Brandon University publication will report on the results of research

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A new periodical publication launched at Brandon University (BU) will report a brief summary of the cutting-edge research being achieved at the institution.

“Research Connection” is a new two-page format that’s designed to highlight and help researchers distill their findings into a quick-to-read and quick-to-understand digest. The summaries, which will help promote research results to readers in Brandon and throughout Manitoba, will be produced and printed approximately twice a month. For the convenience of readers everywhere, they’ll also be housed online at

“We have so many incredible scholars doing very interesting work here at Brandon University, and this is a way to collect some of their findings all in one place,” said Dr. Heather Duncan, Associate Vice President for Research at BU. “These are research results that are being published in prestigious national and international journals, but they are of wide interest to many people who may not subscribe to journals from dozens of different disciplines.”

The new publication clearly lays out the basics of each piece of research, including some context about why it is important, how the research was done and what was discovered, and how those discoveries could be used to benefit society and us all in the future.

“Of course, we will always point people to the full publication of any research, so those who want to learn more can dig into the details,” said Dr. Karen Rempel, Director of BU’s Centre for Aboriginal and Rural Education Studies, who spearheaded the launch of the new publication. “But now it will be possible for everyone to get a quick sense and understanding of some of the research that’s being done without needing to read all of the background and work their way through what can be specific, technical language.”

For Dr. Serena Petrella, who is featured in one of the inaugural issues discussing the positive impacts of community gardening, pausing at the end of a research project to take a broader view of their overall project was a valuable way to take stock.

“After spending much time putting together the surveys and interviews, it was rewarding to step back and review just how much we had done, and why it was important,” she said. “We found that Brandon’s community gardens helped build food security, helped neighbours meet and interact, and strengthened family bonds. That’s information that can be directly useful not just to city planners or activists involved in the food security and sustainability movement in our city, but to everyone who is struggling with their family food budget, or interested in making a difference in their community and being a good neighbour, or simply improving their family time. And that’s everyone.”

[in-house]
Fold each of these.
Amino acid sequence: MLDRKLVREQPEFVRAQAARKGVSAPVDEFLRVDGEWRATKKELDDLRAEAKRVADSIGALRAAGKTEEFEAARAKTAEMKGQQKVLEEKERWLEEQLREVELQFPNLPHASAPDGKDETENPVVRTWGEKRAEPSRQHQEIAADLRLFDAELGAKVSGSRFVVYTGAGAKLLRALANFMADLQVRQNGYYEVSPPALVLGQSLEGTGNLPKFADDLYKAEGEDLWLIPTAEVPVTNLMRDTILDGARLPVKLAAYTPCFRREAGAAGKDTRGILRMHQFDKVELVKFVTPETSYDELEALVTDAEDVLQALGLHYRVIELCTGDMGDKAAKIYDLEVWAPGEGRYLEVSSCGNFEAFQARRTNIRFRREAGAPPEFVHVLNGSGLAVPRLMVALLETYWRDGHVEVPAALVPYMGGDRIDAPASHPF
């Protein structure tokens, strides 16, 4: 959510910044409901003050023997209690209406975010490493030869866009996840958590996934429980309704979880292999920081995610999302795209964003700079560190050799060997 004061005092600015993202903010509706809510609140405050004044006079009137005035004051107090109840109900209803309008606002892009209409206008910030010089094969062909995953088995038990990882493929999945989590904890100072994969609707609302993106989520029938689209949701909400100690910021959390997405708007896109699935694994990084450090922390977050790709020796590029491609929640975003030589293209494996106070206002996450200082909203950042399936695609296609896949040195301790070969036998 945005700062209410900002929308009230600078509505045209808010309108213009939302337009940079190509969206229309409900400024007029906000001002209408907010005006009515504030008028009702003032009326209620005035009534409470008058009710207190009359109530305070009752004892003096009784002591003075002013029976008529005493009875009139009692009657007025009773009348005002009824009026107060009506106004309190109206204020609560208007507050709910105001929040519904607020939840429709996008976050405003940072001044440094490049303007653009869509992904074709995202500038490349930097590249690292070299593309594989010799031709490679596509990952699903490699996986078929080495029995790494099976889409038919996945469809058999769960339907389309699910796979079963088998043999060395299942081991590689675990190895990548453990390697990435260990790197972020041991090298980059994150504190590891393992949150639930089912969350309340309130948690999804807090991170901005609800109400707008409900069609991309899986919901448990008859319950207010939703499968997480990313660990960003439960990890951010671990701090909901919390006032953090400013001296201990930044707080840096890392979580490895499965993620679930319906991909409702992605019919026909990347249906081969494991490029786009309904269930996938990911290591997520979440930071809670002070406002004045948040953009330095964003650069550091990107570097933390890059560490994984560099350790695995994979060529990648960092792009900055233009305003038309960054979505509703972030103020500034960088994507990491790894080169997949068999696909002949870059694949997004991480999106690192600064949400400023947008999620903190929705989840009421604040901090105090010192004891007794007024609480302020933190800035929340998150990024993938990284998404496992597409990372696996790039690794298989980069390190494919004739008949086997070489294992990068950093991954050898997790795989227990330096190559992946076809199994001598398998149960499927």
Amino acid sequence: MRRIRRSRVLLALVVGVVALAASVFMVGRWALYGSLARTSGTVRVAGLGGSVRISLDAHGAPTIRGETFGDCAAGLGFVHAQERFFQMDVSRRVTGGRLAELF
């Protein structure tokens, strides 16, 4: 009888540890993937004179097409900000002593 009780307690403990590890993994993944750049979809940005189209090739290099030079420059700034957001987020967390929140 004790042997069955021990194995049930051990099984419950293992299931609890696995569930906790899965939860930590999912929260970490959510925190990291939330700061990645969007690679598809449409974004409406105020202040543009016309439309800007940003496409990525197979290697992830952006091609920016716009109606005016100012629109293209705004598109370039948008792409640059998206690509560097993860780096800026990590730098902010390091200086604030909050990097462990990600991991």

Over the next few years, Research Connection will feature every active or recently-completed research project at Brandon University. Along with opening up that research to a wider audience, it will help foster new connections between researchers on campus.

“One of the huge advantages of our compact university community is the links that can form between departments, between faculties, and with the broader community” University President Gervan Fearon said. “Some of the most exciting discoveries come when you combine research areas such as science with music, for example psychology and brain function, or art with health studies, as for example in art therapy. Brandon University is particularly well-positioned to do this type of research, which will be highlighted in Research Connection. These reports will also showcase many research projects that our students have an opportunity to participate in, part of their learning here at BU.”

Research Connection builds on a renewed emphasis on discovery at Brandon University.

“Our talented faculty have secured more than $6 million in federal tri-agency research money — a truly astounding amount for an institution our size,” said BU Vice-President Steven Robinson. “We’ve been entrusted with those resources to pursue new knowledge, to test new techniques, and to share our findings with Canada and with the world.”


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